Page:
The currently visible finish of the room ceiling and walls is a matte-white synthetic dispersion paint. Investigation showed that the original decorative finishes were largely still in place despite being partially in poor condition. The original multicoloured decoration of the room is hidden beneath a variously thick covering of several layers of previous renovation efforts. The subsequent finishes above the original painted colour vary from an approximately 2-mm-thick layer of beige and off-white paint to an up to 8-mm-thick layer of filler material applied between the earliest and later finishes. The initial aim was to expose an opening (approximately 10 × 10 cm) of selected decorated areas to gain information about the application and texture of the original paint surface. However, removing the covering finishes proved extremely difficult. Notably, the layer directly above the original colour decoration had an extremely durable bond to the paint surface. The strong bond between the original layer and subsequent layers resulted in both sets of layers separating from the ground when pressure was exerted during mechanical removal. Removal tests using solvent paste and standard solvents (acetone, paint thinner) resulted in softening both sets of layers. That made it very difficult to excavate clear, closed areas of the original painted surface. As a result, the size of the excavated areas was reduced to allow a full investigation of the decoration within the framework of the scheduled on-site investigation.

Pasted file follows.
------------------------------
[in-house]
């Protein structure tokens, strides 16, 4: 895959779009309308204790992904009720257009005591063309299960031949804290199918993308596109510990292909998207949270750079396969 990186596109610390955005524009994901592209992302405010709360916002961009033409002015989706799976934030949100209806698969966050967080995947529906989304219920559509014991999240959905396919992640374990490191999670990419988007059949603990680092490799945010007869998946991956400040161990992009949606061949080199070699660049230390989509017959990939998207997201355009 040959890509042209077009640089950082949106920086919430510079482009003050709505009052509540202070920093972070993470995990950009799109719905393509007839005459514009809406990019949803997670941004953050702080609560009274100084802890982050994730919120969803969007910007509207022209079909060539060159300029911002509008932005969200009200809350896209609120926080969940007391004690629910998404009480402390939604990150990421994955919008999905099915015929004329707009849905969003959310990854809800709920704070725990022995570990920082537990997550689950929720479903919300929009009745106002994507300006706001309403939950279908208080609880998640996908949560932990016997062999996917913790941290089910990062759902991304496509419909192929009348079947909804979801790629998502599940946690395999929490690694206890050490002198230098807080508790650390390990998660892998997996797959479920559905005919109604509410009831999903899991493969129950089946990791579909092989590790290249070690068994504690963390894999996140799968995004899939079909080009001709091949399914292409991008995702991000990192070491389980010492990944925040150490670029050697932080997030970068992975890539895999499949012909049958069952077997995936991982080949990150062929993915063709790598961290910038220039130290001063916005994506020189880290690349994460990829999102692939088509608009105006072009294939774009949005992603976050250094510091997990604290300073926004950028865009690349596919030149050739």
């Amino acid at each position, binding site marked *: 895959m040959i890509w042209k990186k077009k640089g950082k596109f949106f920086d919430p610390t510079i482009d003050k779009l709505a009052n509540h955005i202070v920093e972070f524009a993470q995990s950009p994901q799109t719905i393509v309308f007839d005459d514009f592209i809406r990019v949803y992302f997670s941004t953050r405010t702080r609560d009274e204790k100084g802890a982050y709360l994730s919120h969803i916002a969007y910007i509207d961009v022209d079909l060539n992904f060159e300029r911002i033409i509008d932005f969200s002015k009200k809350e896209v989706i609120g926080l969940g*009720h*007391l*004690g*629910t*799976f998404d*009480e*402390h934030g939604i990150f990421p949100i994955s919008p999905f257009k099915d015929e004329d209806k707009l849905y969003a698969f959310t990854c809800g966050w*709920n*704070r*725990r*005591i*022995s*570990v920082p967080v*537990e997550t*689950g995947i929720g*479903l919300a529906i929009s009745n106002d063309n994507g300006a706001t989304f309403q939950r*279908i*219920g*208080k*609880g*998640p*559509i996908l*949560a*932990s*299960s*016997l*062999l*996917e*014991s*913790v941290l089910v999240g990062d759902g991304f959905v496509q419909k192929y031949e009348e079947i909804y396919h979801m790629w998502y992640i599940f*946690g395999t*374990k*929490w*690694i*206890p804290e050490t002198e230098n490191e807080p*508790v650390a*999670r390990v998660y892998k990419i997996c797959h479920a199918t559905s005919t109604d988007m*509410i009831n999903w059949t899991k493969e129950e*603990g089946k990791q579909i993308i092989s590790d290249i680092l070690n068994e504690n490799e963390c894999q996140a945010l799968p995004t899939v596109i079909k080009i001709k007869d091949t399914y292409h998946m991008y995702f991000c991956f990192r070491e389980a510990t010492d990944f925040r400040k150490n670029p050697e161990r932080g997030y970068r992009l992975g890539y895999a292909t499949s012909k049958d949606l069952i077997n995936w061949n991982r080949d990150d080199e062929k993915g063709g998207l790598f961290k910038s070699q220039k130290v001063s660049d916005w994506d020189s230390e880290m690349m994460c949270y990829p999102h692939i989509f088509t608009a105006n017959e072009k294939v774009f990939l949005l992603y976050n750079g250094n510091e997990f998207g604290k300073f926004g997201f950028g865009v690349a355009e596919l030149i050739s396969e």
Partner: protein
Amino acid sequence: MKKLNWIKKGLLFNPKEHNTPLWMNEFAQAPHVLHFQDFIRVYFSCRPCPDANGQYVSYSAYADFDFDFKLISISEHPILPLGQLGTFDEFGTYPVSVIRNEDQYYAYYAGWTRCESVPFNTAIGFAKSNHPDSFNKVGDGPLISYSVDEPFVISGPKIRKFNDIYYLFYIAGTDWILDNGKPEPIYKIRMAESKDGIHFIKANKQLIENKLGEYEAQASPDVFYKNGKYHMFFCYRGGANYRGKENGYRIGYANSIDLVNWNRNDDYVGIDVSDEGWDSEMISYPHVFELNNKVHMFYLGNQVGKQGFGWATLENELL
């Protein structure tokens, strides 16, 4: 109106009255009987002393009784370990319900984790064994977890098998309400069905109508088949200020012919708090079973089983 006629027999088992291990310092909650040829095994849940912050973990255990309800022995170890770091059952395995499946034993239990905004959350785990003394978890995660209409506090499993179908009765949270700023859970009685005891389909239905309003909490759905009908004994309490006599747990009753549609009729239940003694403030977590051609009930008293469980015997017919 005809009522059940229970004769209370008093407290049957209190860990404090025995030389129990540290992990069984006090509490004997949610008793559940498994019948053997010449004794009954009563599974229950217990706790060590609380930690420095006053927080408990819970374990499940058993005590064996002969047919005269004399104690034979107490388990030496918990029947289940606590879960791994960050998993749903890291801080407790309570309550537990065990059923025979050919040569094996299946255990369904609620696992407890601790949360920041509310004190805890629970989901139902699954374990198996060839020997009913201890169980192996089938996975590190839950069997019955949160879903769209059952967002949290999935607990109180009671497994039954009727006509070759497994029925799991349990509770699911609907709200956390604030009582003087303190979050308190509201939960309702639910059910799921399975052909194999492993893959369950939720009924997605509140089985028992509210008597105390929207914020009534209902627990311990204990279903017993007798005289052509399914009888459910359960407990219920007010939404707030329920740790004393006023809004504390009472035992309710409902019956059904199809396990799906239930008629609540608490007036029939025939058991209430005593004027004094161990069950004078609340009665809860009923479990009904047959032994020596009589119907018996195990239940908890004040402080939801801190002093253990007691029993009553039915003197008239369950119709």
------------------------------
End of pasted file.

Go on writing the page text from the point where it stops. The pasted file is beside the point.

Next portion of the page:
The results indicated five base colours: bright red, dark warm yellow, emerald green, cobalt blue, and black (emerald green and cobalt blue are used here to describe commonly associated colour tones and have no relation to paint composition). In the excavated areas, it was visually evident that the decorative finish comprised two to three coats; that was later confirmed in the microscopic cross sections. The first coat appeared slightly lighter and more strongly coloured; the subsequent layers were semitranslucent and darker (Fig. 6). That technique gave more depth to the red, blue, and green finishes.